GENEVA – The hole in the ozone layer over Antarctica has grown to its largest and deepest level in years, the European Union’s Earth observation program reported Tuesday.
Experts from the Copernicus Atmosphere Monitoring Service noted that a strong, stable, cold-air polar vortex has caused the expansion, and called for international efforts to be redoubled to ensure nations meet an agreement to phase out substance use. chemicals that deplete the ozone layer.
Vincent-Henri Peuch, who runs the service, said in a statement that the hole in the ozone layer “definitely” was one of the largest in the past 15 years.
The depletion of the ozone layer on the Antarctic continent was first captured in 1985.
In Geneva, World Meteorological Organization spokeswoman Clare Nullis said that the hole in the ozone layer begins to expand each August, at the beginning of spring in Antarctica, and peaks in October.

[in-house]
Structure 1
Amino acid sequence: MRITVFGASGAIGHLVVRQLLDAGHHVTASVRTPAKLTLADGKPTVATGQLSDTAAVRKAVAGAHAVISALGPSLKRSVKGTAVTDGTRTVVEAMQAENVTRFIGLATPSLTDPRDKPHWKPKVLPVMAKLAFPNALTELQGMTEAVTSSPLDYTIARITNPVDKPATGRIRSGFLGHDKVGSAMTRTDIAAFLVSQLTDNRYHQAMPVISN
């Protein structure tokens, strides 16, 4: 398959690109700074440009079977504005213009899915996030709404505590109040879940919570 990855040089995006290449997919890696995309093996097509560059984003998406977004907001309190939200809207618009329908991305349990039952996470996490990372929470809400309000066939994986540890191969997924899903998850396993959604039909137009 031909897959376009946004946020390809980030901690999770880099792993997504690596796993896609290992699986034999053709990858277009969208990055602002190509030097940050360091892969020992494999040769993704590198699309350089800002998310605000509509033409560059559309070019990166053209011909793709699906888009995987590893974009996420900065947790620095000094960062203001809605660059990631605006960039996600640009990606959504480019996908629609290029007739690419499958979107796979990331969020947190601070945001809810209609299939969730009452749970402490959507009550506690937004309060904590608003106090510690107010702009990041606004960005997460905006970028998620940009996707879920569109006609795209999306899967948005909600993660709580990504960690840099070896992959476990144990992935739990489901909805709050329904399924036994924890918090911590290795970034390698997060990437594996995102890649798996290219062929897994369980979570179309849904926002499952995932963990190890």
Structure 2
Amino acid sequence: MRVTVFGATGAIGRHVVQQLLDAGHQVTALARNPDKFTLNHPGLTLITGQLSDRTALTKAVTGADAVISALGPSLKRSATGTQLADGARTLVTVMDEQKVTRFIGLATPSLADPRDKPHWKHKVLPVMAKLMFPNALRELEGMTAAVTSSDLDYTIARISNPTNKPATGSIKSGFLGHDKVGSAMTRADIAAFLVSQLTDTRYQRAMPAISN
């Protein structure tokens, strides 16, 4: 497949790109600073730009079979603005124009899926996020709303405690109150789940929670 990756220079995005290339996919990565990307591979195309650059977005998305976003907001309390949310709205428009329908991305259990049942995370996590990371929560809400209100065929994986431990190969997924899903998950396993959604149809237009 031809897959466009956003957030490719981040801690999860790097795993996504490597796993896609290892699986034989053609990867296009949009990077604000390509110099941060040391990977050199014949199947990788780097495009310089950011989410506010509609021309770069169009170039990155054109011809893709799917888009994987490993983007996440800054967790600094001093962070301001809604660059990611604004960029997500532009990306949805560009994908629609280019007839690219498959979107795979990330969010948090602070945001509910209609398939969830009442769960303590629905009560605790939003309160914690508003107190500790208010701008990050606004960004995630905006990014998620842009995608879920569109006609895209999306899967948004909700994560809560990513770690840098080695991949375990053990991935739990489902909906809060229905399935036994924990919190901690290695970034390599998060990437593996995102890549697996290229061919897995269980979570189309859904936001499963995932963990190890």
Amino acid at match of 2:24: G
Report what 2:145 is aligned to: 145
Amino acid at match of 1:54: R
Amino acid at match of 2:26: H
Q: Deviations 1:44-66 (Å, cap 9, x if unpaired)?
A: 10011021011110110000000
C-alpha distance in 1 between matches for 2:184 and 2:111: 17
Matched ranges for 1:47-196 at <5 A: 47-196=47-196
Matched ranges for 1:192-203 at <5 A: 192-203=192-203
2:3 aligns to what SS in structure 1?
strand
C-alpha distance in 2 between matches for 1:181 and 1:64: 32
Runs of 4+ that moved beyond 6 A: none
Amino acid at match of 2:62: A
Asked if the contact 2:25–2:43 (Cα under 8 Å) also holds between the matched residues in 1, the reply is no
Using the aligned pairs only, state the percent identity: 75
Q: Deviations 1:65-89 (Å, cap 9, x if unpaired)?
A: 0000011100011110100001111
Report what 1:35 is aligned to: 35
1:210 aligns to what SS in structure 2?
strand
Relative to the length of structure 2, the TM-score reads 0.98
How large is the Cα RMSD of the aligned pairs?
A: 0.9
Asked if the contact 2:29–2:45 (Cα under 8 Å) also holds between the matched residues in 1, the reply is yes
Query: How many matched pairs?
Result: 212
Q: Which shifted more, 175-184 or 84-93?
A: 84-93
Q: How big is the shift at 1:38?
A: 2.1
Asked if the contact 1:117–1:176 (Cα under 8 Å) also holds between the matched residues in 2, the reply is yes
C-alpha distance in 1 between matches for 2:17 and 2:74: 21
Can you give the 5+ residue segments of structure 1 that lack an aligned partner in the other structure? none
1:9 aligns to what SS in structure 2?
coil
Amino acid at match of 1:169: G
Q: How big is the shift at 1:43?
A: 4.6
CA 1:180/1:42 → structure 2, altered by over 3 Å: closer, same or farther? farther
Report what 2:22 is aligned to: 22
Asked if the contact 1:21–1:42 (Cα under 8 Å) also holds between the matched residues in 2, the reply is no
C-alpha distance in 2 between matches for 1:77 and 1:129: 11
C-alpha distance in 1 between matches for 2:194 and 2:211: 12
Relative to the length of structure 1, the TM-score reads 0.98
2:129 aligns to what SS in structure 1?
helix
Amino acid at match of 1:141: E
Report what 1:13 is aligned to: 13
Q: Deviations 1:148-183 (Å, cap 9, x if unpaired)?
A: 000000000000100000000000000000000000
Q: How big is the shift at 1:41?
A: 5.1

“The air has been below minus 78 degrees Celsius, and this is the temperature you need to form stratospheric clouds, and it is quite a complex process,” Nullis said during a UN briefing. “The ice in these clouds triggers a reaction that can destroy the ozone zone.
So that’s why we’re seeing that big hole in the ozone layer this year. “
The Copernicus service said that the Sun’s energy as it rises over the pole causes the release of chlorine and bromine atoms in the polar vortex, which rapidly destroy ozone molecules, causing the hole to form.
Nullis said that despite the hole, experts still believe that the ozone layer is slowly recovering following the adoption of the Montreal Protocol, a treaty signed in 1987 that is aimed at phasing out ozone-depleting substances. He also pointed to projections that the ozone layer will return in 2060 to the levels it had in 1980.